Self-Healing Polymer Grows, Strengthens and Fixes Itself
Matthew Greenwood posted on October 22, 2018 |
Material reacts with carbon dioxide from the air to repair itself and get stronger.
Imagine a building material that, instead of cracking and weakening over time, actually gets stronger. That’s what a team of MIT chemical engineers may have just created

The polymer, which continuously converts carbon dioxide from the surrounding air into a carbon-based material that reinforces itself, could one day be used as construction or repair material, or as a protective coating. 

The material is a synthetic gel that absorbs carbon from the air in a process that is similar to the way in which plants absorb carbon dioxide to grow their tissues. It is made with aminopropyl methacrylamide and glucose, a glucose oxidase enzyme and chloroplasts—the light-capturing components inside plant cells (in this case from spinach leaves). 

The chloroplasts catalyze the reaction of carbon dioxide to glucose—but there’s a catch. Isolated chloroplasts are very unstable and stop functioning mere hours after being removed from the plant. However, Michael Strano, a professor of chemical engineering at MIT, and his colleagues have demonstrated methods to significantly increase the lifespan of chloroplasts, according to a paper published in Advanced Materials. The researchers’ long-term goal is to replace the chloroplasts with non-biological catalysts to improve their longevity.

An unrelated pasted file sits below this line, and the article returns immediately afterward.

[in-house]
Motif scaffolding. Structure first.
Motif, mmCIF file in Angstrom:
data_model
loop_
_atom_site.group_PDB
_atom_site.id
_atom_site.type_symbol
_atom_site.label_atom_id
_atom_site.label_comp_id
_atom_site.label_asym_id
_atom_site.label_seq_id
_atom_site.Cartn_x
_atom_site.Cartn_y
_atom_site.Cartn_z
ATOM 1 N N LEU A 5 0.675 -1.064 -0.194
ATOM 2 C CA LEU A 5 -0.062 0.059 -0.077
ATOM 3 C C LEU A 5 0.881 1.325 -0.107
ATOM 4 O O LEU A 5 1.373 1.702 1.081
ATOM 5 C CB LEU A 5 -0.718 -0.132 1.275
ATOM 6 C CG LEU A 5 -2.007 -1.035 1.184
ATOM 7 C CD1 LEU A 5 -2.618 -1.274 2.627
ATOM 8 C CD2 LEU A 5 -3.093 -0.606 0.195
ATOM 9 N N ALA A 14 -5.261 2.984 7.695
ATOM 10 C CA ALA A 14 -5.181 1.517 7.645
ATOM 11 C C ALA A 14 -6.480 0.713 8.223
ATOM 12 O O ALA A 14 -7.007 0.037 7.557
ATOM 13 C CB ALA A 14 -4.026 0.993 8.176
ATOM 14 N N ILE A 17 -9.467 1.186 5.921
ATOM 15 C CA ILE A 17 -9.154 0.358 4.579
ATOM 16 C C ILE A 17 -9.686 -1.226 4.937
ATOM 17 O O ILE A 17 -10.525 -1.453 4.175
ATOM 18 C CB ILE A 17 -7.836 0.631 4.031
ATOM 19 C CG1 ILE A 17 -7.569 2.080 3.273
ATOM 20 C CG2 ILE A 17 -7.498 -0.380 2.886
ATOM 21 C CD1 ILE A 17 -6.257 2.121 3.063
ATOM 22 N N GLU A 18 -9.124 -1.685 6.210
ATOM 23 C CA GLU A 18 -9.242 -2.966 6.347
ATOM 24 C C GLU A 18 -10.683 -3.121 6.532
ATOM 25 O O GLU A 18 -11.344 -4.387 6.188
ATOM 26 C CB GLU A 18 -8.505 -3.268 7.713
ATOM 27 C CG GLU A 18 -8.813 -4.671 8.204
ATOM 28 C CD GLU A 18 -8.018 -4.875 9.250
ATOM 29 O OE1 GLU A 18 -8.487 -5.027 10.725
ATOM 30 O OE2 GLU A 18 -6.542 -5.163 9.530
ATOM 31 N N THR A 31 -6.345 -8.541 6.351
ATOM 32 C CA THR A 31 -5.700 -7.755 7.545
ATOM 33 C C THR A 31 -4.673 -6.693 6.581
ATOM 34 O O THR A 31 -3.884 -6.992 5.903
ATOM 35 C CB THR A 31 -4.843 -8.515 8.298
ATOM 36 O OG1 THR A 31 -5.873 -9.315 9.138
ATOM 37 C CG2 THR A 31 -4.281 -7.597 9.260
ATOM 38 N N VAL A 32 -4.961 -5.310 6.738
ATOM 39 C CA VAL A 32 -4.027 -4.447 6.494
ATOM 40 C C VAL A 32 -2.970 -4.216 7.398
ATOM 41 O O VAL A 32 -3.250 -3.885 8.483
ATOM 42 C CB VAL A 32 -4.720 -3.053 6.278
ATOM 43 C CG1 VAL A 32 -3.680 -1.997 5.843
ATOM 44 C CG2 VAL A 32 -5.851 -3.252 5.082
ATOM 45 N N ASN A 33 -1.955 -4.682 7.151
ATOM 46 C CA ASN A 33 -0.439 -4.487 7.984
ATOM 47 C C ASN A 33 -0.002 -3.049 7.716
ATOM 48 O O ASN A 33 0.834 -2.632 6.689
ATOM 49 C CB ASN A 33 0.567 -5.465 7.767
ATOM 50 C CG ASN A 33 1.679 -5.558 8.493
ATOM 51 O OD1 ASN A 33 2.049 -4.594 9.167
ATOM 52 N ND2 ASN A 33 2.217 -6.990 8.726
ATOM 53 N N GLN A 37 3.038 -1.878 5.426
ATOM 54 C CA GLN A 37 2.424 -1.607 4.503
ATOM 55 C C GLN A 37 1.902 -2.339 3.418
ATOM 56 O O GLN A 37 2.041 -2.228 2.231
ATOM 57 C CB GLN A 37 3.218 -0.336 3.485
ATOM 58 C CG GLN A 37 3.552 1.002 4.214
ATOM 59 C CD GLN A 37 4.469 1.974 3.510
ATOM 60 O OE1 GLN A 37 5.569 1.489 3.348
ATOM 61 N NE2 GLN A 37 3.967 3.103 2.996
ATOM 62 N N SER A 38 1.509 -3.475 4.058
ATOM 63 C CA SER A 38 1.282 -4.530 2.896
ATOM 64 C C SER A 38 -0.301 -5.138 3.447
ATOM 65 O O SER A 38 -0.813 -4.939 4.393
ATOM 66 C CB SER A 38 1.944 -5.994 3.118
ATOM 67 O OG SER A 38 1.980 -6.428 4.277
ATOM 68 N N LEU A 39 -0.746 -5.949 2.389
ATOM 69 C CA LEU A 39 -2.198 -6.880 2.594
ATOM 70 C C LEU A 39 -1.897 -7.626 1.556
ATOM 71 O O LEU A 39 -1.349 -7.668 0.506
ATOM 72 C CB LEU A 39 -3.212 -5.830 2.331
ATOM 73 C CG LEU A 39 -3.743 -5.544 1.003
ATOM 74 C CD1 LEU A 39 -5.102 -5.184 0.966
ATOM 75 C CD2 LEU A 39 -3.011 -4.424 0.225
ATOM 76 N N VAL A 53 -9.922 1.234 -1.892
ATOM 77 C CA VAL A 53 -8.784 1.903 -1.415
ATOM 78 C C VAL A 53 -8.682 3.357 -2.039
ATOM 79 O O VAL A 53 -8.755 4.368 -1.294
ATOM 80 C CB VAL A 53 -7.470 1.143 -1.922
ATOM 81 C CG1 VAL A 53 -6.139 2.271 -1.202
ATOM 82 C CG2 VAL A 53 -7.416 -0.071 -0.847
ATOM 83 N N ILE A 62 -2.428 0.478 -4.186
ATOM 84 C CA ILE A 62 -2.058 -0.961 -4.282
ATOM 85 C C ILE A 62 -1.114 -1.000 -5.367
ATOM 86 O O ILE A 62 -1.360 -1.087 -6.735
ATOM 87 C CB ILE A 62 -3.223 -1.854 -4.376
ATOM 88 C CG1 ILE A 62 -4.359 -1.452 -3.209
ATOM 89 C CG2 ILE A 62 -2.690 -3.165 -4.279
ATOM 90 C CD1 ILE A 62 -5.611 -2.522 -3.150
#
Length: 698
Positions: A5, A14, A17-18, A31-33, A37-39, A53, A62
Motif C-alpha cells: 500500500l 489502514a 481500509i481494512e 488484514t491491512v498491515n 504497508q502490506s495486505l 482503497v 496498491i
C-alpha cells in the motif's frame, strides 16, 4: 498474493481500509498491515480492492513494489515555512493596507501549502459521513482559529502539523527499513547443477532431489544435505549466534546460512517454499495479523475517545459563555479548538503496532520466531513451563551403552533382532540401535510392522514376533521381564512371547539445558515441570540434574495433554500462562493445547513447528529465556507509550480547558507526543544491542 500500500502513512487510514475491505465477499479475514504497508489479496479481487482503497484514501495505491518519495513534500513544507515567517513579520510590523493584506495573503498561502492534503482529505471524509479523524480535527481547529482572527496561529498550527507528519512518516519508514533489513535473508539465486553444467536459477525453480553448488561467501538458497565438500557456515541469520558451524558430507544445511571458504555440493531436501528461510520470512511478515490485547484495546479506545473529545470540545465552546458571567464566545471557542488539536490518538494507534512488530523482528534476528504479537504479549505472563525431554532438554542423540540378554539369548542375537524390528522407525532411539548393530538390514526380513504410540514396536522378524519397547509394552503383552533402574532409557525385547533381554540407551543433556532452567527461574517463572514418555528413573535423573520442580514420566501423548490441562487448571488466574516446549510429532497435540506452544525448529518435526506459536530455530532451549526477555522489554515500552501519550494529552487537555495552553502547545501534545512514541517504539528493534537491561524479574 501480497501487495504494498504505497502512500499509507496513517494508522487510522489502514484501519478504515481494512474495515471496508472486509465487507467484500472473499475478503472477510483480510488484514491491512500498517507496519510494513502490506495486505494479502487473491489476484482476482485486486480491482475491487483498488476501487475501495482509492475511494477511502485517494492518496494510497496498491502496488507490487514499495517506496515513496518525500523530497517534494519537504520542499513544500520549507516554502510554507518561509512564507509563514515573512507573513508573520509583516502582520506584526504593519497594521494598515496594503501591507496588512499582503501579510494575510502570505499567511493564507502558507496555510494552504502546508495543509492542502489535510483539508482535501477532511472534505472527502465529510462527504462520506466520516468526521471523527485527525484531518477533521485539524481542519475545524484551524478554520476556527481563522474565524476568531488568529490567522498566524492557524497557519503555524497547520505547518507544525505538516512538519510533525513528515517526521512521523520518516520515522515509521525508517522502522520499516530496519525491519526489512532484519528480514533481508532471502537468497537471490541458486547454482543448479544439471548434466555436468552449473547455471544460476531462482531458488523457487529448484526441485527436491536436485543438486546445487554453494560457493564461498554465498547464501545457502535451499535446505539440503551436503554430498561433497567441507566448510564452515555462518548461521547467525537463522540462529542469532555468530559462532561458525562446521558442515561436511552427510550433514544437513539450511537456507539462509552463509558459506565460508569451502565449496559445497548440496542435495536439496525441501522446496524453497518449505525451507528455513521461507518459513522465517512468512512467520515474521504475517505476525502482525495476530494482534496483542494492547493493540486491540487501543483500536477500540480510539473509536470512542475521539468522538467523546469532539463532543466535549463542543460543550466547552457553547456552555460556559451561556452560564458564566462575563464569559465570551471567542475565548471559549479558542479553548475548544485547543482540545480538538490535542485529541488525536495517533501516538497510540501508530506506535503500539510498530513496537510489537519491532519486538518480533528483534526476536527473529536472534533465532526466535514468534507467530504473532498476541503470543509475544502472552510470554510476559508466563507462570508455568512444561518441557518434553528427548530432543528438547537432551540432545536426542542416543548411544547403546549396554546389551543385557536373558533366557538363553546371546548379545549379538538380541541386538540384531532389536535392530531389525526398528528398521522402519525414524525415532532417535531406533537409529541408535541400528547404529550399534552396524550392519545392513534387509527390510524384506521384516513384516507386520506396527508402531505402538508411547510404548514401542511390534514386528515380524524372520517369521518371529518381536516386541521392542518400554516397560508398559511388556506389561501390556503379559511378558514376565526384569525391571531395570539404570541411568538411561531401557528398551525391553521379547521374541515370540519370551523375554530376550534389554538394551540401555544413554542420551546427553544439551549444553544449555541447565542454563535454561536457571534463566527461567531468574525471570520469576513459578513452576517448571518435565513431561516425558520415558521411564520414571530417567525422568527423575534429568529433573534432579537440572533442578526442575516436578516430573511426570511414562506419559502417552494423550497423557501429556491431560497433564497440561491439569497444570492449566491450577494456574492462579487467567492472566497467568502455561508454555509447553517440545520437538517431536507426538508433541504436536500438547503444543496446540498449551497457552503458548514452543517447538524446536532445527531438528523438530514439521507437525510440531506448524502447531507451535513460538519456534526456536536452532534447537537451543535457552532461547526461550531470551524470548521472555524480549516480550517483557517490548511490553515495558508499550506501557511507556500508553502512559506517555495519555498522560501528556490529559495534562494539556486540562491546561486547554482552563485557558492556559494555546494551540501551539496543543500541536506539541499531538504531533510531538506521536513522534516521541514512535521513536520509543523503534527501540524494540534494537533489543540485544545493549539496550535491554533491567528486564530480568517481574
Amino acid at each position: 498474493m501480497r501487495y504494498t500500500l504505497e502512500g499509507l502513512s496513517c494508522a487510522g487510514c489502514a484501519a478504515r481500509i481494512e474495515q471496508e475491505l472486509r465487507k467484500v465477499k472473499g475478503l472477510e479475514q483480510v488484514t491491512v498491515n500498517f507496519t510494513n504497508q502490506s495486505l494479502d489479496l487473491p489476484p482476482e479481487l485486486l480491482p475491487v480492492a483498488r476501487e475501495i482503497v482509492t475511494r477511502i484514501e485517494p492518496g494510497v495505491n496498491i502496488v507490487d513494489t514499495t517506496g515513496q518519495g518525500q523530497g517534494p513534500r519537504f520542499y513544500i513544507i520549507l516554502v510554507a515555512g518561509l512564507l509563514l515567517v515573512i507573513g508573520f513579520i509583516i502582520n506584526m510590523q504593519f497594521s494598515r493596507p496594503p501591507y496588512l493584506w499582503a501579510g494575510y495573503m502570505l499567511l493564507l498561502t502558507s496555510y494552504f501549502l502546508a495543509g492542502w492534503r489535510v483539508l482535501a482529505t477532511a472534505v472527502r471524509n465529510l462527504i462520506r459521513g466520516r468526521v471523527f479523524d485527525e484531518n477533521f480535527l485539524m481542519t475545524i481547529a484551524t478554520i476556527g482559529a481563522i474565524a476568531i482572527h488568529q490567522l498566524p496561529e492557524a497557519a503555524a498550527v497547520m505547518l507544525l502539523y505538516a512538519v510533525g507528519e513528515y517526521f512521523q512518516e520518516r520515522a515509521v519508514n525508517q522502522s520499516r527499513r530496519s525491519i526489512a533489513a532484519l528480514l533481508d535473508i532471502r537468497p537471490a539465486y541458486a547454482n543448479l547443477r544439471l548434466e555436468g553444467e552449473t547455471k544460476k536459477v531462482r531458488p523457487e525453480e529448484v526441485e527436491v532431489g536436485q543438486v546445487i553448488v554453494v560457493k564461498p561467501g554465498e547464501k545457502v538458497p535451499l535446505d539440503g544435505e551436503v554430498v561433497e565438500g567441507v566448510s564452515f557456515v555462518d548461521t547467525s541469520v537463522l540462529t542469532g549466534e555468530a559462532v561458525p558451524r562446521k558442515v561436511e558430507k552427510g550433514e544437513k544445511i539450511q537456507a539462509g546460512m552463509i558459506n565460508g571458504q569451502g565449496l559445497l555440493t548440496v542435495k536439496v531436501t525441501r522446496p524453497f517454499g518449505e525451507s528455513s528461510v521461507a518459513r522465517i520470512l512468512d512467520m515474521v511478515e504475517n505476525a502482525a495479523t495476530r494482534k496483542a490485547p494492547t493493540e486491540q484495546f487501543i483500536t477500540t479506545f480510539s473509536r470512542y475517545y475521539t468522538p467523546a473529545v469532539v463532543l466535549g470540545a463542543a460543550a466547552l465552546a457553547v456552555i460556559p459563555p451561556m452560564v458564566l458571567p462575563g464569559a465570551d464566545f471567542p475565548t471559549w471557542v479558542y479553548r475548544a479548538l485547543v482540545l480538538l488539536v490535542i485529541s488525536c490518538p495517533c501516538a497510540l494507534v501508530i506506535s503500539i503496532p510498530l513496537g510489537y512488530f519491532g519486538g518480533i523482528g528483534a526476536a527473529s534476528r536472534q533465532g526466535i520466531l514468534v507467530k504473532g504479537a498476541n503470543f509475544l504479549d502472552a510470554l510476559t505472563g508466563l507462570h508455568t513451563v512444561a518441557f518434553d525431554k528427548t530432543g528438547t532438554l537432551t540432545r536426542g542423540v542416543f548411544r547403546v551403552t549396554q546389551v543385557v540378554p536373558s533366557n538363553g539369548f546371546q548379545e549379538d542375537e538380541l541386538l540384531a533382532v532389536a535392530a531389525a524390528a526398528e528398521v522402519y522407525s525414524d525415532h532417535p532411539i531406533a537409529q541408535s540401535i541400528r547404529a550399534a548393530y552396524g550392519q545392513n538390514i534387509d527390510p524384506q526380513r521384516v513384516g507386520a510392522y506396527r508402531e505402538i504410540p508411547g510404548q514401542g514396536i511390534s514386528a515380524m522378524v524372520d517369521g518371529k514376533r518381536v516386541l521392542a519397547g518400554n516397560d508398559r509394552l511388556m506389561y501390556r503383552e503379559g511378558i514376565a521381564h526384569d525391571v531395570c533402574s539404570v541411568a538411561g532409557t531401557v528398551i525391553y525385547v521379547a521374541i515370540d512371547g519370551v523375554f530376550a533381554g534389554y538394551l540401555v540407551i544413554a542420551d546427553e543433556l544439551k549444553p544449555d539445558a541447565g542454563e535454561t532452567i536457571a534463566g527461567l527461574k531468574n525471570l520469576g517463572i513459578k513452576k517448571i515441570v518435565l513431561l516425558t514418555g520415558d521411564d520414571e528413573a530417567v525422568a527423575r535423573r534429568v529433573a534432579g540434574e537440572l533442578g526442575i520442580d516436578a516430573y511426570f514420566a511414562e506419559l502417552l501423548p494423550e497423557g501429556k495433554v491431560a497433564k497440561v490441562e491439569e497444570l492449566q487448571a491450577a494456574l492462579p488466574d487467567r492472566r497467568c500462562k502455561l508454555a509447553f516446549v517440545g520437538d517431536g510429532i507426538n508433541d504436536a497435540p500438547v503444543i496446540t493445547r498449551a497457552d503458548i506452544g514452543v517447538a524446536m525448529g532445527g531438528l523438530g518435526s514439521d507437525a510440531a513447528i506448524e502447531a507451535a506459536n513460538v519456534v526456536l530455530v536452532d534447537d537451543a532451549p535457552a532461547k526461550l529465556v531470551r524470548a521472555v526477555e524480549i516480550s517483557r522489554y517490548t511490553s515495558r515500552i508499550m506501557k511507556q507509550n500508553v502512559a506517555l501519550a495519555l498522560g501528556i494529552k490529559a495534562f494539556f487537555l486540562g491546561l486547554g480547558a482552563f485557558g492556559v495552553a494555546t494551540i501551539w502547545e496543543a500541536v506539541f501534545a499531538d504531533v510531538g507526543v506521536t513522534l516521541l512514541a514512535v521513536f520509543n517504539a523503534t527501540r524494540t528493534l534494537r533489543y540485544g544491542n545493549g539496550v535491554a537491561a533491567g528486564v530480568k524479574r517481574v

The material becomes stronger as it incorporates carbon. And while it isn’t strong enough yet to be used as a building material, it might be used to fill cracks or coat other materials in the near future. Additional advances in materials science are needed before construction materials could be created. The scientists are now focusing on optimizing the material’s self-healing properties. 

“This is a completely new concept in materials science,” said Strano. “What we call carbon-fixing materials don’t exist yet today” outside of the biological world, he notes. These materials can transform carbon dioxide into a solid, stable form—using only the power of sunlight, just as plants do. 

There has been a widespread effort to develop self-healing materials inspired by biological regeneration—but these have all needed an active outside trigger such as heat, UV light, physical stress or exposure to chemicals to activate them. The MIT team’s polymer, however, would only need ambient light and carbon particles already present in the air. 

An additional benefit of the polymer is that it would be removing a greenhouse gas from the air while repairing itself. “Our work shows that carbon dioxide need not be purely a burden and a cost,” Strano said. “Making a material that can access the abundant carbon all around us is a significant opportunity for materials science. In this way, our work is about making materials that are not just carbon neutral, but carbon negative.” 

Self-repairing materials could revolutionize industries from construction to apparel to medical research—and engineers like Strano and his team will continue to look to the natural world to create them. 

Read more about bio-inspired materials at The Significance of Completely Biodegradable 3D-Printed Plastic.

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